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Celebrating the National Mediterranean Diet Month

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National Mediterranean Diet Month is important so the public can learn the benefits of the Mediterranean diet. Moreover, National Mediterranean Diet Month is an event that was launched in 2009 by Oldways Mediterranean Foods Alliance to promote the Mediterranean diet. Additionally, it is remarkable to note that UNESCO accepted the Mediterranean diet as the cultural heritage of humanity in 2013.

The first study that questioned the effect of diet on health was published in 1986. However, in this study which called the Seven Countries Study, eleven thousand people were followed since 1960. It was first explained in this study that dietary healthy fat consumption reduced the risk of heart disease, leading to many scientific studies on the Mediterranean diet were conducted.

1. What is the Mediterranean Diet?

The Mediterranean diet is a healthy diet that includes food products grown in the Mediterranean region. Moreover, there is no single definition of the Mediterranean diet. According to most authorities, the components of the Mediterranean diet are extra virgin olive oil, green leafy vegetables, fruits, cereals, oilseeds, fish, and red wine.

Above all, the food pyramid representing the Mediterranean diet has been updated several times. Let's look at the components of the Mediterranean diet through the last food pyramid:

Recommended Daily Nutrition Groups and Portions in the Mediterranean Diet

Non-Starchy Vegetables

 The recommended daily intake is 4-8 servings. One serving is ½ cup of cooked vegetables or 1 cup raw vegetables. Non-starchy vegetables are artichoke, asparagus, beets, broccoli, brussel sprouts, cauliflower, cabbage, celery, carrot, tomato, eggplant, cucumber, onion, zucchini, turnip, pepper, salad greens and mushrooms.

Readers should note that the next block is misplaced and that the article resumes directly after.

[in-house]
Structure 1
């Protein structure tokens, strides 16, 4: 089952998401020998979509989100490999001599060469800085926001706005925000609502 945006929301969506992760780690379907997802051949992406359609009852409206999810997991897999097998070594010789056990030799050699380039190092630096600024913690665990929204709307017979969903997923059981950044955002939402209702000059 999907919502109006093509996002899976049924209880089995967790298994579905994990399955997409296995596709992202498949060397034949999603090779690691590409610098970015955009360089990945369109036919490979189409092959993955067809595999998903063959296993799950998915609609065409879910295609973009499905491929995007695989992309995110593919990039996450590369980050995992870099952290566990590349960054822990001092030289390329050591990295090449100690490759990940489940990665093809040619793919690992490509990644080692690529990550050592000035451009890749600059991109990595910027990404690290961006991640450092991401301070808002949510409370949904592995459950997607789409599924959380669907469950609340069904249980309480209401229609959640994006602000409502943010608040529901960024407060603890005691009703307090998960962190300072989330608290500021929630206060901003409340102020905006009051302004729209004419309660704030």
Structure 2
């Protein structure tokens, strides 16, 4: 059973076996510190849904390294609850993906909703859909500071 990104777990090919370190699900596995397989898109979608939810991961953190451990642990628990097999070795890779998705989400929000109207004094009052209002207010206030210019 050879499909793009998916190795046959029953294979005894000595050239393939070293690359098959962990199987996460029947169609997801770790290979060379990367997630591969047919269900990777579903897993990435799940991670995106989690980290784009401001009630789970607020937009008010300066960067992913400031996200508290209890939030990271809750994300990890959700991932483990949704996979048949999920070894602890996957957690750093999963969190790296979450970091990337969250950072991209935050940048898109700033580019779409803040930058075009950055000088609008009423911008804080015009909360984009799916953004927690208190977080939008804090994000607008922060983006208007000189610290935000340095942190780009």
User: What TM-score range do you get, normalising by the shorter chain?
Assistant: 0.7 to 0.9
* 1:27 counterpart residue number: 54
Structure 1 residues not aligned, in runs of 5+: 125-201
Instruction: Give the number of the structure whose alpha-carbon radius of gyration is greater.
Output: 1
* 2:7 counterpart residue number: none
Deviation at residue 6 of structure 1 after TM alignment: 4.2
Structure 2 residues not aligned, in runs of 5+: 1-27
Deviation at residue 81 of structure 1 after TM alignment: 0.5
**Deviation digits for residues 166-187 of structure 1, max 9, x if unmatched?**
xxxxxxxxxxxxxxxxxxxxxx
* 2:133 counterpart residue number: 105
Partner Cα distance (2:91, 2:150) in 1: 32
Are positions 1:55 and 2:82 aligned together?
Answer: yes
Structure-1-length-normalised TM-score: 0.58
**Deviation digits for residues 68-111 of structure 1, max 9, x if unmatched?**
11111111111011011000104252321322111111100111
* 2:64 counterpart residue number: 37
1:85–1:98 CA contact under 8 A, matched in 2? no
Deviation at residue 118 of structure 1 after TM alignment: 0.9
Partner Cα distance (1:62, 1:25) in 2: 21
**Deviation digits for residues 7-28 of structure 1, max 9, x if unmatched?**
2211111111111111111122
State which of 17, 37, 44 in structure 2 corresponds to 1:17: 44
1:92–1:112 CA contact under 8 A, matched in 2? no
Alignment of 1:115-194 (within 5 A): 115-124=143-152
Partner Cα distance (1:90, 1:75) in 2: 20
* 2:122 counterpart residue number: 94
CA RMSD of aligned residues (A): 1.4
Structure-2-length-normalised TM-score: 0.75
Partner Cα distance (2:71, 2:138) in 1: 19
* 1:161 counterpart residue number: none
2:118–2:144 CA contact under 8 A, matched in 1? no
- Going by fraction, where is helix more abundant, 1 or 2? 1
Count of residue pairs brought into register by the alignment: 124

The recommended daily intake is 2-4 servings. One serving of fruit is fresh fruit (an apple, orange, banana, etc), or ½ cup of juice or ¼ cup of dried fruit. Fresh fruits should be preferred because they contain fiber.

Legumes and Nuts

The recommended total daily intake is 2-4 servings. One serving of legumes is ½ cups mexico, black beans, garbanzo beans, pinto beans, soybeans, peas, lentils, or ¼ cup of baked beans. One serving of nuts is 2 tablespoons of sunflower or sesame seeds, 1 tablespoon of peanut butter, 7-8 walnuts, 20 peanuts, or 12-15 almonds. Additionally, it is recommended to take 1-2 servings of oilseeds and legumes every day. In addition, legumes contain high fiber, protein, and minerals. Also, nuts contain high levels of unsaturated fats and can raise HDL cholesterol without raising LDL cholesterol.

Low-Fat Dairy Products

The recommended total daily intake is 1-3 servings. One serving of low-fat dairy products is 1 cup of skim milk or yogurt or 1 oz thin slices of cheese.

Fish and Seafood

The recommended intake is 2-3 servings per week. One serving is about 3 oz. Cook fish by baking, sautéing, broiling, roasting, grilling, or poaching. Choose fatty fishes like salmon, herring, sardines, or mackerel often. Moreover, the fat in fish is high in omega-3 fats, so it has healthy effects on triglycerides and blood cells.


We can say optional consumption for this group. The recommended intake is 2-3 servings per week. One serving is about 3 oz. Bake, sauté, stir fry, roast, or grill the poultry you eat and eat it without the skin.